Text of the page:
But I can see her, walking along the water's edge, that space where she chose to remain forever. And I feel comfort in the knowledge that my space has been and always will be the sky. So I have spent a good bit of time tonight, sitting outside, looking up, no moon, but I am still comforted by the dim light of the stars. 

I missed an opportunity today to bear my chest to the Pacific ocean and feel the cold air and water on my skin. And I try and imagine what it would have felt had I have made it to the beach this afternoon and had howled at the elements, unleashing that feminine side of me that needs to be free. A friend of mine created for me a picture of a wolf and I have not yet gotten that wolf tattooed on my skin, though I feel I may need that physical act in order to truly unleash the woolf spirit that is me.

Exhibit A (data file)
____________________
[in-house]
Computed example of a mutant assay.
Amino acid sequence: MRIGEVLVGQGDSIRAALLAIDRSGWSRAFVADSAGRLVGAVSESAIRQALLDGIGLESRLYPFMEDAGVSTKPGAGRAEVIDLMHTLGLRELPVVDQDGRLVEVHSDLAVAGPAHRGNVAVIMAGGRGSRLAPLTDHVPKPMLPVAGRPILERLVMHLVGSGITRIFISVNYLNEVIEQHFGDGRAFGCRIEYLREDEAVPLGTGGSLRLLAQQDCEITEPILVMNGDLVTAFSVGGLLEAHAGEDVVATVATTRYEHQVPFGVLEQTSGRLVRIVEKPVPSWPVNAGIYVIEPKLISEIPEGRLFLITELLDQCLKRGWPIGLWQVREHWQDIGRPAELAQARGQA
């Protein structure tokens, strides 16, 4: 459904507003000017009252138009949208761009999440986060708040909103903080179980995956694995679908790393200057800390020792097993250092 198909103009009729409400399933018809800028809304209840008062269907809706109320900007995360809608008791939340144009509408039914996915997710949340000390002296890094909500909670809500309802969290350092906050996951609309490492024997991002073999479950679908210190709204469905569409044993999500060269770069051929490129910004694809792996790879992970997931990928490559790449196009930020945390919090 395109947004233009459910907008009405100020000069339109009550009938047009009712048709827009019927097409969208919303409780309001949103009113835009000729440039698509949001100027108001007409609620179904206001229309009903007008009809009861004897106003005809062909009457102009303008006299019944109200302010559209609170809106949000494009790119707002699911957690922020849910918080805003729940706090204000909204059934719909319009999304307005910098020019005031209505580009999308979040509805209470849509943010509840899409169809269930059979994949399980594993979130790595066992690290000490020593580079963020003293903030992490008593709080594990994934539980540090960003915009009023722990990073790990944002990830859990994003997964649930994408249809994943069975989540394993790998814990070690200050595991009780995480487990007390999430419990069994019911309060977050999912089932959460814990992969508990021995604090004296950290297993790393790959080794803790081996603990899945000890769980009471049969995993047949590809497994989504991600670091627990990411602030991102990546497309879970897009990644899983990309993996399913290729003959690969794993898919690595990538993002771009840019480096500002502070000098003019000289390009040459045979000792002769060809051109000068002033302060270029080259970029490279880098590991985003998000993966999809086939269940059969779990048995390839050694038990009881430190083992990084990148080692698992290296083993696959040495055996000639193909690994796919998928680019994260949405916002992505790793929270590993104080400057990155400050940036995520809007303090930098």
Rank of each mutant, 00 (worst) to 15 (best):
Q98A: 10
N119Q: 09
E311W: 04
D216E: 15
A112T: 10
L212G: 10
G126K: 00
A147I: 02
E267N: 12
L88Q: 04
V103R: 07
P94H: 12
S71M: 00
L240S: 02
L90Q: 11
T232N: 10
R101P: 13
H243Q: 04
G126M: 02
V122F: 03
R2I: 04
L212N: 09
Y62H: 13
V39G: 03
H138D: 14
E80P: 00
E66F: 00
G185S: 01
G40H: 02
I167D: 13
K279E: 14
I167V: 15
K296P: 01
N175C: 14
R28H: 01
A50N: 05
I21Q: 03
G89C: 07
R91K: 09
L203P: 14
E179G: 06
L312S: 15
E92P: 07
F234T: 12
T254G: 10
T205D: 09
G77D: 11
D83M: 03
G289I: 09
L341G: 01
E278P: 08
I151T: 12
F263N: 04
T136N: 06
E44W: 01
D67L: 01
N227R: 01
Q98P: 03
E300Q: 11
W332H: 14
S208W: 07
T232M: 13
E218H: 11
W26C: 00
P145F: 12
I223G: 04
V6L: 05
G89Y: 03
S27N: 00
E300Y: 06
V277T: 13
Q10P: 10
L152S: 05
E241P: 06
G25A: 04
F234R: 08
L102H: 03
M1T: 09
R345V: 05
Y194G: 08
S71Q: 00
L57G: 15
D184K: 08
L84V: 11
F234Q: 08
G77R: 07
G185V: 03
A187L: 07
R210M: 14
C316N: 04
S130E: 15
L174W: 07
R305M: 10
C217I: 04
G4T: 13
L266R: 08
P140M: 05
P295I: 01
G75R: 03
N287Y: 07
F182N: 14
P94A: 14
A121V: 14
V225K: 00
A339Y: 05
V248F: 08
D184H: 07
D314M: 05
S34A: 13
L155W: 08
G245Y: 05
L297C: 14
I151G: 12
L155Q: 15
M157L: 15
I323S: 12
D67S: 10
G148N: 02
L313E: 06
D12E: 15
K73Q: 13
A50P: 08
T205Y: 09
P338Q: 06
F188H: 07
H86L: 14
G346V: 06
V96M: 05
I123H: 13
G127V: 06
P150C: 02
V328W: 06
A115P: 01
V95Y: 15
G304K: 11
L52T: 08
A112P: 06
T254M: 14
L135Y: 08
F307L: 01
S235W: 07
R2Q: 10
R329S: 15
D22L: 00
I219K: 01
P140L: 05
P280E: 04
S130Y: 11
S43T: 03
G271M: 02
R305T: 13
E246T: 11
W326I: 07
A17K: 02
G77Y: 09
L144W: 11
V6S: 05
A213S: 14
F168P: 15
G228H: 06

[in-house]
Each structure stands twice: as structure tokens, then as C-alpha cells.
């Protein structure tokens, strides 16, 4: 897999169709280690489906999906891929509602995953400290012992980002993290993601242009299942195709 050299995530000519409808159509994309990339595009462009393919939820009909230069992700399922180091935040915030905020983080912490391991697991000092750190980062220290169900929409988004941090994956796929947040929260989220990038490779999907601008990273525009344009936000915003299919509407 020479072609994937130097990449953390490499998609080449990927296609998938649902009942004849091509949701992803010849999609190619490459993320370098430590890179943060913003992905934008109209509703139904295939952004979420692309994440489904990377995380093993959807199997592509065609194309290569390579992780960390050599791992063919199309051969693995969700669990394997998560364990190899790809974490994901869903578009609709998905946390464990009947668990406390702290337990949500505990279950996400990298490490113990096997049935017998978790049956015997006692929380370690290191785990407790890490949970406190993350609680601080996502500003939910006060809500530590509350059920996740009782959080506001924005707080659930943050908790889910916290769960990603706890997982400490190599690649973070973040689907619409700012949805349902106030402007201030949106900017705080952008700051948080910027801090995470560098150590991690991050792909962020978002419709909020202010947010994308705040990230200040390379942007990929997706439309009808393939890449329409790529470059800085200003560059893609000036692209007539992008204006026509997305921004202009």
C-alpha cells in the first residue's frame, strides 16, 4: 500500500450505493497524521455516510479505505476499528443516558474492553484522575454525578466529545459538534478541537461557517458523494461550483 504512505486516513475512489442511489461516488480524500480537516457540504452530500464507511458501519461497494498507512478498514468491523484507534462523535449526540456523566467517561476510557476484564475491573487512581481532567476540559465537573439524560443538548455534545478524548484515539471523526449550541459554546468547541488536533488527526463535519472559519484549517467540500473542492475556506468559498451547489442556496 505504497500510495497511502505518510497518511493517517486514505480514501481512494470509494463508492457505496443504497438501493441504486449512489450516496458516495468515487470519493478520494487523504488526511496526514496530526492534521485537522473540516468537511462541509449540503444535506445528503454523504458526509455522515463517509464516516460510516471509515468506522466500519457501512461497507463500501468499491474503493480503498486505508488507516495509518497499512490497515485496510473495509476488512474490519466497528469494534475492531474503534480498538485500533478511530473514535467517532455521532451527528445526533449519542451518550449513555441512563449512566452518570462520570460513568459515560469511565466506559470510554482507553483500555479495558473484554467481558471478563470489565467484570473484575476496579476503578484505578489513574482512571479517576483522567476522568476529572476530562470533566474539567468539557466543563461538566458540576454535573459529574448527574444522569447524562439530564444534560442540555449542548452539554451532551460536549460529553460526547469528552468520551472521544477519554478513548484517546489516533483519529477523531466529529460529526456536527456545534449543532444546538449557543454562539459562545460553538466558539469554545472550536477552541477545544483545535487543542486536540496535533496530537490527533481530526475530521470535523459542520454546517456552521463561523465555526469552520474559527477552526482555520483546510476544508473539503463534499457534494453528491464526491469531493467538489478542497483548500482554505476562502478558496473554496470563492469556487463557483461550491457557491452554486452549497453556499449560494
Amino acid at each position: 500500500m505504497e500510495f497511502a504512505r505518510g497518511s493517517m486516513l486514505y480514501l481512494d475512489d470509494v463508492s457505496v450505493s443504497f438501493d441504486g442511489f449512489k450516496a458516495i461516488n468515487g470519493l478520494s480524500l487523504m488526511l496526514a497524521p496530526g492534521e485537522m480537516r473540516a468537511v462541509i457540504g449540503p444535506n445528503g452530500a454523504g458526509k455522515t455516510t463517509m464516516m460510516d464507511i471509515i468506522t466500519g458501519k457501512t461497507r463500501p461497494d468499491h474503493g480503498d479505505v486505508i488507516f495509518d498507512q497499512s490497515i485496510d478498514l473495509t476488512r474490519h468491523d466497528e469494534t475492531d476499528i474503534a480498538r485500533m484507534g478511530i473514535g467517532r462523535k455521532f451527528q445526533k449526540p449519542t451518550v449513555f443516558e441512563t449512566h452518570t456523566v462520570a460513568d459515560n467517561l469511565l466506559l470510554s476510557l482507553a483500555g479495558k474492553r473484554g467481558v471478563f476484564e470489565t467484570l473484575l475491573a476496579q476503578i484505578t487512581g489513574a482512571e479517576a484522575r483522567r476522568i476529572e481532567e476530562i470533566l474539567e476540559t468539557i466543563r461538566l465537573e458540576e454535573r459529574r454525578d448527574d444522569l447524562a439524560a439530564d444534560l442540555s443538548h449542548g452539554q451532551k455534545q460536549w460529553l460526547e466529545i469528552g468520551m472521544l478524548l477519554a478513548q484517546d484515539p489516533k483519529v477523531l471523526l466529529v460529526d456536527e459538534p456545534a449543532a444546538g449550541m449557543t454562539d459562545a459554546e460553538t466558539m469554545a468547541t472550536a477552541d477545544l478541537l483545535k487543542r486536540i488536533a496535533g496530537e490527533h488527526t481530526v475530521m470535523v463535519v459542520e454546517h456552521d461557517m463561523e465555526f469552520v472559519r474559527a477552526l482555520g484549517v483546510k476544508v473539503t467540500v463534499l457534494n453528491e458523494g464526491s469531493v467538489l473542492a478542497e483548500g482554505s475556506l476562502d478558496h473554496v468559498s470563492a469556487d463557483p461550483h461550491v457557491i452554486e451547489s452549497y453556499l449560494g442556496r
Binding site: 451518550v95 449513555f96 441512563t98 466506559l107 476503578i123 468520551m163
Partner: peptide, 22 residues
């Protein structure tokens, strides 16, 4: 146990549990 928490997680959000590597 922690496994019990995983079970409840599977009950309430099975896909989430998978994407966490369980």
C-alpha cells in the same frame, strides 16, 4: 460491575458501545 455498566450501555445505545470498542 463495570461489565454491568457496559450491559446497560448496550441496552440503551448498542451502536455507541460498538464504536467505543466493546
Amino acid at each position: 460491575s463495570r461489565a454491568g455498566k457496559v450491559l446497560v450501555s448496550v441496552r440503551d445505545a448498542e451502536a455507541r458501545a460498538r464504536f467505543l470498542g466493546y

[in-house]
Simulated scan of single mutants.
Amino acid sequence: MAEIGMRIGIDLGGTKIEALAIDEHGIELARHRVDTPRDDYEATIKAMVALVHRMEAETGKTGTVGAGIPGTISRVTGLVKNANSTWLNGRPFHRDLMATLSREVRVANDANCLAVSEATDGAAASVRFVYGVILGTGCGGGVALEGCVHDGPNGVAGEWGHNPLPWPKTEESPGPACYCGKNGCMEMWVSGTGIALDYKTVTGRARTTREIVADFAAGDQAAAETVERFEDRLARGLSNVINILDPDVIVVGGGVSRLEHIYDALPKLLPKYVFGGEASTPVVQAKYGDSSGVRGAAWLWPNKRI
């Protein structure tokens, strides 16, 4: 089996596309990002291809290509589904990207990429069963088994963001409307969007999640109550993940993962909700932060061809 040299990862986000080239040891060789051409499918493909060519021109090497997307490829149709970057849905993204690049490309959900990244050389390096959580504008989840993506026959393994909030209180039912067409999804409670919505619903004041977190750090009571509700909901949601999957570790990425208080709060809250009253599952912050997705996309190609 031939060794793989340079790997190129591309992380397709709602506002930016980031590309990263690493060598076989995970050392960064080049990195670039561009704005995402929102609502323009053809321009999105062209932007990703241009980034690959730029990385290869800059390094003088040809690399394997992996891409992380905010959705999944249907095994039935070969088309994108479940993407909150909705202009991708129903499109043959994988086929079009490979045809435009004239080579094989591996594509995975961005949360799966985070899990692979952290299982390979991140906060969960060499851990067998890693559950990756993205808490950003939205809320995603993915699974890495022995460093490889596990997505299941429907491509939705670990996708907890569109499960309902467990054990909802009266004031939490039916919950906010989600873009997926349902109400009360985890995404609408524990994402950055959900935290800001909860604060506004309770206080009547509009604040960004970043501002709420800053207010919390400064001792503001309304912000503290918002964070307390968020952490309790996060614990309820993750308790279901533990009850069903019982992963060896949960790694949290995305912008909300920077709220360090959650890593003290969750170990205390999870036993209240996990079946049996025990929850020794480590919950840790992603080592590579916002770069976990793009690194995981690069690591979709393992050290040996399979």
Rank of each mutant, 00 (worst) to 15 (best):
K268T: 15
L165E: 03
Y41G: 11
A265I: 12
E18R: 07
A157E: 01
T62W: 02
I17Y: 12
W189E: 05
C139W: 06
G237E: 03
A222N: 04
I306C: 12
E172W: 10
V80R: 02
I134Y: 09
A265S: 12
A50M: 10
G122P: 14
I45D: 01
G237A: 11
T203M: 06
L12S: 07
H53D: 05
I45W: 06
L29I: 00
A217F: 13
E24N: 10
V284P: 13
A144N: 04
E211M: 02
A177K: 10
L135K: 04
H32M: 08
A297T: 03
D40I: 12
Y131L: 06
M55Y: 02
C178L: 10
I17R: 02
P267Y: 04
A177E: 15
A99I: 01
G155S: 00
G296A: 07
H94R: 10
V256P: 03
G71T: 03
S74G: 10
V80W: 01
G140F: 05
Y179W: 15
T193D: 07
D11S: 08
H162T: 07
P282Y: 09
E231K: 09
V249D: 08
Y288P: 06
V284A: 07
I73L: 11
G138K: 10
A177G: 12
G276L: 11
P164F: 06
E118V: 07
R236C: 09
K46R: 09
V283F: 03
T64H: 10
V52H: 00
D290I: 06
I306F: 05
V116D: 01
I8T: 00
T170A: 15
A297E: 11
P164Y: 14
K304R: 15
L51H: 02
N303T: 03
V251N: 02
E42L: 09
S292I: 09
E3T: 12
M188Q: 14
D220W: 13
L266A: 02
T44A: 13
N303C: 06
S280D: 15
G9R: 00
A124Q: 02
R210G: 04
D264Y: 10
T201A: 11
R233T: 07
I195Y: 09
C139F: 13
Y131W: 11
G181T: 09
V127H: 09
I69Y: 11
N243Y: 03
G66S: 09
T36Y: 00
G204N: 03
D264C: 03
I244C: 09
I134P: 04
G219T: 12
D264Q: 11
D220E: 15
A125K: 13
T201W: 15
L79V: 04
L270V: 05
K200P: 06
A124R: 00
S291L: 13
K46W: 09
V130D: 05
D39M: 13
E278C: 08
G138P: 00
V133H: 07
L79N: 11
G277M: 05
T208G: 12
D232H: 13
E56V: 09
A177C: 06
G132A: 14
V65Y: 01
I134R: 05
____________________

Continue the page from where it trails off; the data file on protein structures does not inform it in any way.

Saturday, January 15, 2011

It's about being present

A couple of nights ago, my friend shared with me her new year's resolution - to practice 'here and now' (see

And in an exercise of this, she turned off her music while walking from the bus to her office building and focused on her feet touching the ground, each step, the move of her arms, the feel of the mist on her face, the smell of the wet air, and it became so important to her, that she had done this walk so many times and never actually experienced it in the 'here and now'.

At the time of sharing this with me, I was in Mother Theresa mode, focusing on doing many, many small things towards the greater good. I could not appreciate the 'here and now', as I had a long list of small things I needed to finish in order to reach that greater good for the week.

This morning, we went for a walk in glen park canyon. Mid-January, we were in short sleeves, walking in the sun, and it was warm enough to smell the eucalyptus trees. The most amazing smell. And I felt present, oddly enough, not so much in the moment, but in the imagination of running with my music, through sunshine, through the trails, seeing the bay, and smelling the trees, complete freedom, almost abandonement. My imagination allowed me to experience the strength and awe of the beauty of the moment, even without fully experiencing it.